Soon, we will be able to travel from London to New York in three hours – for the same price we currently pay for the arduously longer eight-hour flight. That’s according to Boom, an aerospace startup company designing the next supersonic passenger jet.
Looking over the last few decades, one may ask themselves the question of how much has air travel progressed during this period? We now have double-decker jumbos, safer journeys than ever, better in flight entertainment and lower prices. But it is not that exciting – to us cynical folk it simply means longer queues and more time standing around. Air travel is not enjoyable; we don’t look forward to it. If anything we fear it more than ever. We fear every time there is turbulence; we fear suspicious characters lurking around the airport and now, thanks to Malaysia Airlines Flight MH370 and Germanwings Flight 9525, we fear for the integrity of the plane and the level of trust we have placed in the pilots’ hands. Air travel has become a dangerous and nerve-racking chore; a means to an end we wish we could do without.
However, Boom, based in Denver, plans to send the human race supersonic again and put the thrill back into flying, after we said a final goodbye to Concorde over fifteen years ago. Concorde was both a leap for aviation and an engineering masterpiece, a spectacle – returning air travel back to the once glamorous days of absolute luxury and privilege. Though for all its glory, Concorde took its final flight in November 2003 – deemed to be too expensive to run, too polluting and among a multitude of other things, it had become dated. Competitors had built jumbo jets capable of carrying many more passengers, at a much-reduced cost per seat to airlines – passing on a portion of savings to the ticket buyers and generating higher profits. Cheap travel was winning over fast travel – jumbos were the way forward, and all investment was heading that way.
Now, though, with technology having advanced considerably since Concorde was developed, Boom, along with many industry experts, believe it is viable to produce the next generation of supersonic passenger jets. The company has designed a forty-seat plane that can fly 2.6x faster than existing airliners, at 1,451 mph (Mach 2.2). The jet will be split into two single-seat rows and will fly at 60,000 feet, 50% higher than current passenger jets and at a height where passengers will be able to see the curvature of the globe. The aircraft will be built of a carbon-fibre composite opposed to the usual aluminium.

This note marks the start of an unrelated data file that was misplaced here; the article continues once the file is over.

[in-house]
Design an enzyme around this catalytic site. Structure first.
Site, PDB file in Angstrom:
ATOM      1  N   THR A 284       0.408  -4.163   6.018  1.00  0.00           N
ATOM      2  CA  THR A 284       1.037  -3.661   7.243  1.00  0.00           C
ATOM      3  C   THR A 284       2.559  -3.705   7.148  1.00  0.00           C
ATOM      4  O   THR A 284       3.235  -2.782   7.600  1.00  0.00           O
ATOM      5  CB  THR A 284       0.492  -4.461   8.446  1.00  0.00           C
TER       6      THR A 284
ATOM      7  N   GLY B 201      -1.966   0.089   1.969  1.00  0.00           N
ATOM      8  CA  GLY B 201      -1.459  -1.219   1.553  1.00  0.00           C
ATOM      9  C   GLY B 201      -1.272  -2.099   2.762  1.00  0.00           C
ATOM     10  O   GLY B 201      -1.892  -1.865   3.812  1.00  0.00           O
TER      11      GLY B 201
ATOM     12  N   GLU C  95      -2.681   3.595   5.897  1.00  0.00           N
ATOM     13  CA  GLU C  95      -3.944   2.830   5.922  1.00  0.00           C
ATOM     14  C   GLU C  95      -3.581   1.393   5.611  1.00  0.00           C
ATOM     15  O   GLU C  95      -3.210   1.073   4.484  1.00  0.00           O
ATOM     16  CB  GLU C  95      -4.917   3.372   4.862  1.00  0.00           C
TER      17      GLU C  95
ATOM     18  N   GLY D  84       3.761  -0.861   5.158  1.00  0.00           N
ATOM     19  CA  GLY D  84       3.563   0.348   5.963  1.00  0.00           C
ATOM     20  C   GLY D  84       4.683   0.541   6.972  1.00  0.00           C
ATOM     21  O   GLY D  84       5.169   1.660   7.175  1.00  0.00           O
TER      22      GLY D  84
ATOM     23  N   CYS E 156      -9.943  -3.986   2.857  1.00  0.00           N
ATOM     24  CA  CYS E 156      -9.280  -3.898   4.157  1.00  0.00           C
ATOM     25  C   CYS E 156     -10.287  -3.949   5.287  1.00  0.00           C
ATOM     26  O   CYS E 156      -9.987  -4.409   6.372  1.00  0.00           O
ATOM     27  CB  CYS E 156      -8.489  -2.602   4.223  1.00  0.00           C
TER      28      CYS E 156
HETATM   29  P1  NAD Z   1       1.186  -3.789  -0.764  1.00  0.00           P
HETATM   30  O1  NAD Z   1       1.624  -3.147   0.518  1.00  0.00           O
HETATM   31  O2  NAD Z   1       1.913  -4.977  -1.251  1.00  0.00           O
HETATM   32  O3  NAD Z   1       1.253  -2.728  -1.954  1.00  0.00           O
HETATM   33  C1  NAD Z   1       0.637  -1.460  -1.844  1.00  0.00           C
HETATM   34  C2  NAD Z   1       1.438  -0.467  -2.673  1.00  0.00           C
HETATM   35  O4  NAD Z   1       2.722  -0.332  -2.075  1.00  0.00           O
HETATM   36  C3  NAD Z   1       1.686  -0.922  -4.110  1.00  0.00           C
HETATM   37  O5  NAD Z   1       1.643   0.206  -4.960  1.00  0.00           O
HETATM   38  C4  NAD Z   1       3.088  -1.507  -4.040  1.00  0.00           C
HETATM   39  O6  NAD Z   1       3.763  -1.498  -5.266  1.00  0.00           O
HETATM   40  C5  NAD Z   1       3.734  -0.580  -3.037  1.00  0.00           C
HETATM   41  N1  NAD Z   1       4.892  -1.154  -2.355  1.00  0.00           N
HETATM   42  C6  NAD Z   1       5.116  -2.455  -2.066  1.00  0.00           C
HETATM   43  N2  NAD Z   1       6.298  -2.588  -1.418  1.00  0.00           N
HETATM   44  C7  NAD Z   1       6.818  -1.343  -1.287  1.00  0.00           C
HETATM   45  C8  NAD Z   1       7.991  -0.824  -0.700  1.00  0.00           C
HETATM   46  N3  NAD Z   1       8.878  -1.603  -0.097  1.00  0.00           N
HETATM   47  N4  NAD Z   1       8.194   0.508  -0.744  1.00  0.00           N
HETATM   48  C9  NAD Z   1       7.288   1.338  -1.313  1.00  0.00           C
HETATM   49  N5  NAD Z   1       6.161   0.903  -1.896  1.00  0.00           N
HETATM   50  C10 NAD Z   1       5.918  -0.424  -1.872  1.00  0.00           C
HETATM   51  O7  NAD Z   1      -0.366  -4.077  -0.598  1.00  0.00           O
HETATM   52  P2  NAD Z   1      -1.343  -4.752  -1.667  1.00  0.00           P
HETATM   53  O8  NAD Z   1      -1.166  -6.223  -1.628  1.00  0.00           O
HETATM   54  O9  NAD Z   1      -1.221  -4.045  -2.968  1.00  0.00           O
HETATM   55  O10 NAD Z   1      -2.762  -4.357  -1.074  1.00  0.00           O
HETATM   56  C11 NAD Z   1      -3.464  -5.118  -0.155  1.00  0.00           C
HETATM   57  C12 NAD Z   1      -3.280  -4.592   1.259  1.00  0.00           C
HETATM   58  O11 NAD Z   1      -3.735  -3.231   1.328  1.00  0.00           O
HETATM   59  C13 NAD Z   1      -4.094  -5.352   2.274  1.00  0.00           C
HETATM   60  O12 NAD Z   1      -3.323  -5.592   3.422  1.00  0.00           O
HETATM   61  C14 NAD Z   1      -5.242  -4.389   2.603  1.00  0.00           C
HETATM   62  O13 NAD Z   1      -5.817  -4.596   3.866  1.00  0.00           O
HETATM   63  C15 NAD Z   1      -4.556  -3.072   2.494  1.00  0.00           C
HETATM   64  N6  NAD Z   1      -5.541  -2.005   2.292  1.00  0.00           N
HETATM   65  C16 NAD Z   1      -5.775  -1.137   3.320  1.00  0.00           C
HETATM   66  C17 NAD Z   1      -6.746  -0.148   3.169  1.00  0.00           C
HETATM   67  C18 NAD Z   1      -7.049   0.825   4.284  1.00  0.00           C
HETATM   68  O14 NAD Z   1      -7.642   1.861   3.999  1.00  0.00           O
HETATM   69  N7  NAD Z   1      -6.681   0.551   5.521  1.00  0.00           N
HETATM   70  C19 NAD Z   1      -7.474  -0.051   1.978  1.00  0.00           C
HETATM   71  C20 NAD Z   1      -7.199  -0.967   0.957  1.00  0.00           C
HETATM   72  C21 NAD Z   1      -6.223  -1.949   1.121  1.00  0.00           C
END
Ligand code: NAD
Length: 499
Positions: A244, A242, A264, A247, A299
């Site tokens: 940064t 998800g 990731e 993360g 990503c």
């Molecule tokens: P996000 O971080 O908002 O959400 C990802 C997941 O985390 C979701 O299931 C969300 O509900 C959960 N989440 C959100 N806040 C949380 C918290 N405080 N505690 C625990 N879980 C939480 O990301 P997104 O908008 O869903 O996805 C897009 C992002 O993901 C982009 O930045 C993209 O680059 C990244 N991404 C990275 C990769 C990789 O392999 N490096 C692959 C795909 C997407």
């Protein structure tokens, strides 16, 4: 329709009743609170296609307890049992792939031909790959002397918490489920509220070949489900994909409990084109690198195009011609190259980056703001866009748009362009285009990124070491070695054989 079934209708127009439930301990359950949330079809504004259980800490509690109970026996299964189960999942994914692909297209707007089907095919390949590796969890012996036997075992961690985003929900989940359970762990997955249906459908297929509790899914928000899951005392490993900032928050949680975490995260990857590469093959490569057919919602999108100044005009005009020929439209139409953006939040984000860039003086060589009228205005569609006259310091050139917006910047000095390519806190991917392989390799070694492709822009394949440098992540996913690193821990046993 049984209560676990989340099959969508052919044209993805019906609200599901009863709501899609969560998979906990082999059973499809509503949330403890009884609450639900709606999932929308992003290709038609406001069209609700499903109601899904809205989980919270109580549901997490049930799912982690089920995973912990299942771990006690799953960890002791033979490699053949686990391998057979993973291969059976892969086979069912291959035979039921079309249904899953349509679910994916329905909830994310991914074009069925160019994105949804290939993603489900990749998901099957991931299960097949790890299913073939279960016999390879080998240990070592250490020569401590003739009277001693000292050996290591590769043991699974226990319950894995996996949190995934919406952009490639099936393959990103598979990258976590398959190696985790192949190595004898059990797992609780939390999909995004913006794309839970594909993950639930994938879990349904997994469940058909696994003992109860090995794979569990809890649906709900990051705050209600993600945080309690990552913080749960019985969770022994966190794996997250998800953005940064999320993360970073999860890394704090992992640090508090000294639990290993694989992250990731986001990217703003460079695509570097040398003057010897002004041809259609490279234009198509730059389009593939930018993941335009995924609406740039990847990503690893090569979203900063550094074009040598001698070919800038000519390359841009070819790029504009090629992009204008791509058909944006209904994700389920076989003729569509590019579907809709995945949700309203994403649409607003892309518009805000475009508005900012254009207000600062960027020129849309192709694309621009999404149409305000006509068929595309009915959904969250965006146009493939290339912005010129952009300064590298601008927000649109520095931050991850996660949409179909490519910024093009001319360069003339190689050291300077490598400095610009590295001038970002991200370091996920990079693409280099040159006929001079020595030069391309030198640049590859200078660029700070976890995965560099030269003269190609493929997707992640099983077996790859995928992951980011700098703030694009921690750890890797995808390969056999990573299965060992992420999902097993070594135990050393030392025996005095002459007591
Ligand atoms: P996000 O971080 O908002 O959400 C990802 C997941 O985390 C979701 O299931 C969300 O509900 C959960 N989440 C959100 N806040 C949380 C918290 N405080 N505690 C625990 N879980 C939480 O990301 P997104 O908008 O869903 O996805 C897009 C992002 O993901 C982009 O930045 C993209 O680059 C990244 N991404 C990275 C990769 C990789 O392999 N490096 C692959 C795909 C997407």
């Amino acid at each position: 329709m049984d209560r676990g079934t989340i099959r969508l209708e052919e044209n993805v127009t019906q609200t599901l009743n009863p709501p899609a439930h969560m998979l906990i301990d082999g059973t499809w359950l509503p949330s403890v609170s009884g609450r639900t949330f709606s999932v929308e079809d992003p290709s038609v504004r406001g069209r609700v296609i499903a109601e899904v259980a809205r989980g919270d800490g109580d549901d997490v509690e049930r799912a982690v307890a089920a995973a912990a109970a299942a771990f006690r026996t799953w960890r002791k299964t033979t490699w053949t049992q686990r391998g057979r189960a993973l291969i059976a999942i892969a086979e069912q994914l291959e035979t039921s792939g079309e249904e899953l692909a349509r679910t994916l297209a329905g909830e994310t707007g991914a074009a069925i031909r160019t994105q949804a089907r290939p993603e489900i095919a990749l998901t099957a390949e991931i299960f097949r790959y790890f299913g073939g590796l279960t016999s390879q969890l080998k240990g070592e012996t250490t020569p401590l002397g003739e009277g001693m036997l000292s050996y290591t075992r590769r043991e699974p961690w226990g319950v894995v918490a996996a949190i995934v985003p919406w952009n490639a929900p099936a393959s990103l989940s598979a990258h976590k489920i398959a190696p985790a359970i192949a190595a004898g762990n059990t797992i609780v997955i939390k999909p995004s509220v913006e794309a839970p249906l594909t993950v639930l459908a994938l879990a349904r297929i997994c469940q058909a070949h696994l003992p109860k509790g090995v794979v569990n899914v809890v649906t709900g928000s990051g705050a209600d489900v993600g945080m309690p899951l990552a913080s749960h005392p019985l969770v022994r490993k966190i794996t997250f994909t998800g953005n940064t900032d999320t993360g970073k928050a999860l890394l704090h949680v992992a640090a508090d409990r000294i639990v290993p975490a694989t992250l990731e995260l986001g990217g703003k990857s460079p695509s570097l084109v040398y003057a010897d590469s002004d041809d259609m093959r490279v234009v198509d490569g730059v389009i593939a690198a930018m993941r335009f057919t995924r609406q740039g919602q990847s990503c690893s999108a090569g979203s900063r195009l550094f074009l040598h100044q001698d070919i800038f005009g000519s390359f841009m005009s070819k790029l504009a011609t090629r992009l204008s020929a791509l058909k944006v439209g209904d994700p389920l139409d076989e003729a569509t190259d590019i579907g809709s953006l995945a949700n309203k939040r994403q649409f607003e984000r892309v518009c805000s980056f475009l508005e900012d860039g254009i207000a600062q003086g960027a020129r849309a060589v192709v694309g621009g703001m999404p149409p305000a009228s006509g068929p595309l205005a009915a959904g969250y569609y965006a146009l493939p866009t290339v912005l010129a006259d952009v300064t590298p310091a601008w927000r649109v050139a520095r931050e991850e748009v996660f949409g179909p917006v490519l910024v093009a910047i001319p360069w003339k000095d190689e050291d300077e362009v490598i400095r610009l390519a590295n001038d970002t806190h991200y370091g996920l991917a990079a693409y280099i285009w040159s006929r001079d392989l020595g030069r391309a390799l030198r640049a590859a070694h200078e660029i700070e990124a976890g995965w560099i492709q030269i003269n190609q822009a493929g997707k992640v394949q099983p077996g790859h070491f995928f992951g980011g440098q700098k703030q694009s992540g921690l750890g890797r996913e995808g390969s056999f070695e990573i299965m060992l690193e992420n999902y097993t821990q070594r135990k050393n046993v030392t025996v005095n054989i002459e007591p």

Demand growth has been high since the turn of the millennium, coupled with falling prices; the air travel industry looks like one that will continue to grow powerfully for the foreseeable future. As the world economy continues to grow, we will see strong air travel growth with it, particularly from developing countries. The industry will be presented with millions of more customers, building space for new entrants to the market. New players will stand to offer technologically advanced aircraft, innovative service and an all round better experience. Existing companies in the market will be closely watching this space try to stay ahead of their competitors and potential new entrants. And that is exactly what has happened. One UK based airline, Virgin, has already signed a letter of intent with Boom to purchase $2bn worth of planes.
So, our generation may yet get to go supersonic. Imagine being able to travel between London and New York in three hours; you could almost commute.
Every single day, technology makes Planet Earth that little bit smaller.